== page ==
Monday, August 9, 2010

A Curious Sight

While picking tomatoes in my garden,
I came upon this curious, albeit grotesque, creature.
He was hanging from the underneath side of a tomato plant.

(Of course I ran back to the house to get a macro lens....
he was worth an up-close look!)

Thinking that this might be a tomato hornworm, I did a little research....
only to find that this creature is actually a tobacco hornworm.

Although the two look very similar,
the tobacco hornworm has red horns on its rear end,

while the tomato hornworm has black horns.

Its body is divided into sections that each have an eye-like marking.


It is curious, though, that the tomato hornworm 
is most common here in the North,
and the tobacco hornworm in the South.

The tobacco hornworm is the caterpillar of the sphynx moth.

What I found most striking about this large caterpillar
were the white egg-like structures attached to its body.

These are cocoons containing the pupae of the braconid wasp.
These pupae mature and digest the body of the hornworm.
Once fully mature, the braconid wasp will spend its time
hunting and eating the hornworms.

So, although rather macabre in their parasitic ways,
these cocoons are quite beneficial to our gardens.

Always looking for organic ways to deal with pests, I
found that planting marigolds around your vegetables will
greatly reduce the amount of hornworms you have.

Next year I will most certainly plant marigolds in my tomato boxes.

9 comments:

  1. We've had hornworms in our garden before (huge and ugly) but I've never seen one covered with all those tiny cocoons before. Since there were beneficial wasps growing in those cocoons, did you let the hornworm live?

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  2. Yuck! I found one of these on a tomato plant last week. I always thought they were called Tomoato worms. Eeven my chickens were afraid of it!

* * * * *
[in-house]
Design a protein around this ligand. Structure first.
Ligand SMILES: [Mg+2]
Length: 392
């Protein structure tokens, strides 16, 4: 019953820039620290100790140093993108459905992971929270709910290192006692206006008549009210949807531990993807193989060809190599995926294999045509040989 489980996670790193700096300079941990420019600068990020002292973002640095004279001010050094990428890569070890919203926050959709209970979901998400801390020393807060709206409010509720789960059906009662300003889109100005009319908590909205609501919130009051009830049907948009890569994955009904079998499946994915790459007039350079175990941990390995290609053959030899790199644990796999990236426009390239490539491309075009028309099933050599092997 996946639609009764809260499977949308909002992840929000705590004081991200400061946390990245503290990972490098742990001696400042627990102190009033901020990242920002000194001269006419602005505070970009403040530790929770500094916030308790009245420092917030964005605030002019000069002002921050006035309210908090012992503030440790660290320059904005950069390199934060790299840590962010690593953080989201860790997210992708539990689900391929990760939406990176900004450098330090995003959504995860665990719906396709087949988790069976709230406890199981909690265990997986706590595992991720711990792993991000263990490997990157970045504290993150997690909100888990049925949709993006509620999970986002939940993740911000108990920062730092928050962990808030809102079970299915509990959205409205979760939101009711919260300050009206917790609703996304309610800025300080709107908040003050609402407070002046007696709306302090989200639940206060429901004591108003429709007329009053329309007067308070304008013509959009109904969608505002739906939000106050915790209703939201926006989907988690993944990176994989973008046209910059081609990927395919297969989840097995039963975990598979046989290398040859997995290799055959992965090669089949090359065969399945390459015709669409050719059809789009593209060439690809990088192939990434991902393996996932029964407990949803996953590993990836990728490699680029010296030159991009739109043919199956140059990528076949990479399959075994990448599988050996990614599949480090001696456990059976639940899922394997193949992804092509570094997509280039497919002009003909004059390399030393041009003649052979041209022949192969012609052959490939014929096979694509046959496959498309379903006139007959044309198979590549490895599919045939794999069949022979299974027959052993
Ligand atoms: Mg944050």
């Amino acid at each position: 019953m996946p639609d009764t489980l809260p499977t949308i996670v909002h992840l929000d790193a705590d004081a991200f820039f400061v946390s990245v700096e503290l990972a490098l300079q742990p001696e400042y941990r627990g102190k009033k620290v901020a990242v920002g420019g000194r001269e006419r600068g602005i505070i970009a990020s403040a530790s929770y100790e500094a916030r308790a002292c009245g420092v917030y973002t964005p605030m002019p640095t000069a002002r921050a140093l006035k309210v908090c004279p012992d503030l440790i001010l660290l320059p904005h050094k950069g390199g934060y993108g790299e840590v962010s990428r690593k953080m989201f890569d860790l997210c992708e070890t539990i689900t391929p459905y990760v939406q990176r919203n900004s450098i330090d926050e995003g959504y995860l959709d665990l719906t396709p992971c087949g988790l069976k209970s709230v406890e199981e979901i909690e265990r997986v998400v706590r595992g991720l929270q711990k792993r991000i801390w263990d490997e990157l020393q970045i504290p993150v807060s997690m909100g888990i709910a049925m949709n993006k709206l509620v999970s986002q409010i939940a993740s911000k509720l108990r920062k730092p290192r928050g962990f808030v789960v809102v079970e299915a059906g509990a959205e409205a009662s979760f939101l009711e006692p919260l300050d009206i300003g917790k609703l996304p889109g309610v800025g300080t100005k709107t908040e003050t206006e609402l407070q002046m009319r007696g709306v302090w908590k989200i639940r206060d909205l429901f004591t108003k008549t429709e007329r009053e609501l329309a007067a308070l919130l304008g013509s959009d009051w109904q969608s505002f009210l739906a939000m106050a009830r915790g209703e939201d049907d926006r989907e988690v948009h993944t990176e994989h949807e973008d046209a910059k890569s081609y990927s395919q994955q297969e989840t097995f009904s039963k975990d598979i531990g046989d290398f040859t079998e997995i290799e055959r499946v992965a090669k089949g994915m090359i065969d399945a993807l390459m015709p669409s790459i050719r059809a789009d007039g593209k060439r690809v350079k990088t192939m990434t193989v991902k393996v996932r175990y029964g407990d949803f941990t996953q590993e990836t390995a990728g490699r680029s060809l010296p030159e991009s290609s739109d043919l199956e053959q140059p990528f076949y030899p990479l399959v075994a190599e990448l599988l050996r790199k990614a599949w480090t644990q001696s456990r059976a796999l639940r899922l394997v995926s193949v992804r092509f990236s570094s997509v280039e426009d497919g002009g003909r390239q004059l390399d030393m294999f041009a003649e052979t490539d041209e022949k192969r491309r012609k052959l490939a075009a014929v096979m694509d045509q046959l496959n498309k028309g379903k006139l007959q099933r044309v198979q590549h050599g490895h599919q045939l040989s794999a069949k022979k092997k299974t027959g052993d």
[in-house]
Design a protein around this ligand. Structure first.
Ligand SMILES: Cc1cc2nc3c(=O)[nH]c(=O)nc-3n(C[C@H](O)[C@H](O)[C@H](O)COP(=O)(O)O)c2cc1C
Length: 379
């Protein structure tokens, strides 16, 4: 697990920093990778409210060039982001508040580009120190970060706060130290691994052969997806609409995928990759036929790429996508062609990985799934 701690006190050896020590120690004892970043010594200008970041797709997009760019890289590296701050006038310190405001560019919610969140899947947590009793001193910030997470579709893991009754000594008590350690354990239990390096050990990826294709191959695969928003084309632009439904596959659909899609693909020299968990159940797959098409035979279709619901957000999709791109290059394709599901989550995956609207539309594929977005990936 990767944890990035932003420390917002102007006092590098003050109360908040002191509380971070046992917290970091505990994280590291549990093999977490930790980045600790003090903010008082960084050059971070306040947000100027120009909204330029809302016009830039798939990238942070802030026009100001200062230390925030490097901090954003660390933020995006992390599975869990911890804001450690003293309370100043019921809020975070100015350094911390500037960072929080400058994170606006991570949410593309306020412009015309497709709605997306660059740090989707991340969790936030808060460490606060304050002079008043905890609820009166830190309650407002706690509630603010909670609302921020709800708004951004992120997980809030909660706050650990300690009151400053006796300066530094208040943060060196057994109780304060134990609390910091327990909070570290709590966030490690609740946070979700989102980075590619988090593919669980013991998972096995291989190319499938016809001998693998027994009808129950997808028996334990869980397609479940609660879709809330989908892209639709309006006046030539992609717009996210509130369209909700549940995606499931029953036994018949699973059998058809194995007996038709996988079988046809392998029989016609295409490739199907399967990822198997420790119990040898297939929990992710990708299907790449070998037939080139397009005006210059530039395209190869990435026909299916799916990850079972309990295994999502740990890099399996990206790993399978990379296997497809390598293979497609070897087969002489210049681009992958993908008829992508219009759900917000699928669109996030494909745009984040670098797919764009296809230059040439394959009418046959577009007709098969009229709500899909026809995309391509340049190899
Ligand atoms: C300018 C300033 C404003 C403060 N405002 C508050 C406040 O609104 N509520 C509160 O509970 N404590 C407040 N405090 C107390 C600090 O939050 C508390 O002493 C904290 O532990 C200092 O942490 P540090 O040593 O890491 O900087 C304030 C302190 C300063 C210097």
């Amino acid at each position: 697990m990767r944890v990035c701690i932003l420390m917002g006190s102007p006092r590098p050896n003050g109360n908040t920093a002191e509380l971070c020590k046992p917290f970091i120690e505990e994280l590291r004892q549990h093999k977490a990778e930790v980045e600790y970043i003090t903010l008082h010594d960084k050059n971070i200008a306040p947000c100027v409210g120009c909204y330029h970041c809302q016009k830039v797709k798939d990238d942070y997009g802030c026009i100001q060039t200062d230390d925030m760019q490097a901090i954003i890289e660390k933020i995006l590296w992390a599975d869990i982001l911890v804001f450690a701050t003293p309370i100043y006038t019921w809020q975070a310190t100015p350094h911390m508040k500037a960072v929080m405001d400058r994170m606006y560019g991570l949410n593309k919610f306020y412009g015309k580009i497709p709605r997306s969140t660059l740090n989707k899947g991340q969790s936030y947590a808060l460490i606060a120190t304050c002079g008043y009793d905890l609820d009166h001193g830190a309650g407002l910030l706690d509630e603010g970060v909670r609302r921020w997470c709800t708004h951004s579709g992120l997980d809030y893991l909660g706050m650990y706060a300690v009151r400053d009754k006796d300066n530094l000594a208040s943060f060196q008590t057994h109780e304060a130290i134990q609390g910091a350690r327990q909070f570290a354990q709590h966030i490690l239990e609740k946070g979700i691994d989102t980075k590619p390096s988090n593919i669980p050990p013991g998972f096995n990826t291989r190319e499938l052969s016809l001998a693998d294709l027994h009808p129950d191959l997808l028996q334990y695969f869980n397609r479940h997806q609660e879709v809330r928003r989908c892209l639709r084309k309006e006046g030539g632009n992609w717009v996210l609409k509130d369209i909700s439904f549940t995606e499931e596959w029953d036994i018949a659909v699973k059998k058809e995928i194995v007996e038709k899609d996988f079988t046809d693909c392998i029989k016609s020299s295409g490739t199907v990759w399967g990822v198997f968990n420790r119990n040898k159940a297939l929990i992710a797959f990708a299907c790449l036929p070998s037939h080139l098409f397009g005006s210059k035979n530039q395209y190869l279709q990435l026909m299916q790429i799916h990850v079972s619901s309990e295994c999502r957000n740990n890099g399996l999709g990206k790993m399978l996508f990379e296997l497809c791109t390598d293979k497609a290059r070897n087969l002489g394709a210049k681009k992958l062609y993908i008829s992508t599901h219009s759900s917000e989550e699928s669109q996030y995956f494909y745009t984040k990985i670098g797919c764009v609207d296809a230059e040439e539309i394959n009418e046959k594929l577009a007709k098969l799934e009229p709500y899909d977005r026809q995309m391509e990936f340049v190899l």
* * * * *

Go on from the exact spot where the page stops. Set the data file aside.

Jill

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  3. Wow... really gross.. but I loved looking at it and learning about it. Thanks, Dawn

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  4. always learn so much from your blog..hopefully I won't need to ever use todays info...cute little bugger..looks like a little sheep in a childs book..sorta

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  5. Wow! How unusual. I have never seen one of these before.

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  6. What great photos! I've read about these wasps before, but I've never seen them.

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  7. We've had those kinds of hornworms before, but never with the larvae! You're so lucky to get to see something like that! I've only ever seen it in books.

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  8. Wow, that is a really amazing story. Great post, and oh, the pictures!!! I was so surprised the hear about the parasite!

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  9. Very interesting! Gross, but interesting.

    Smiles,
    Lisa

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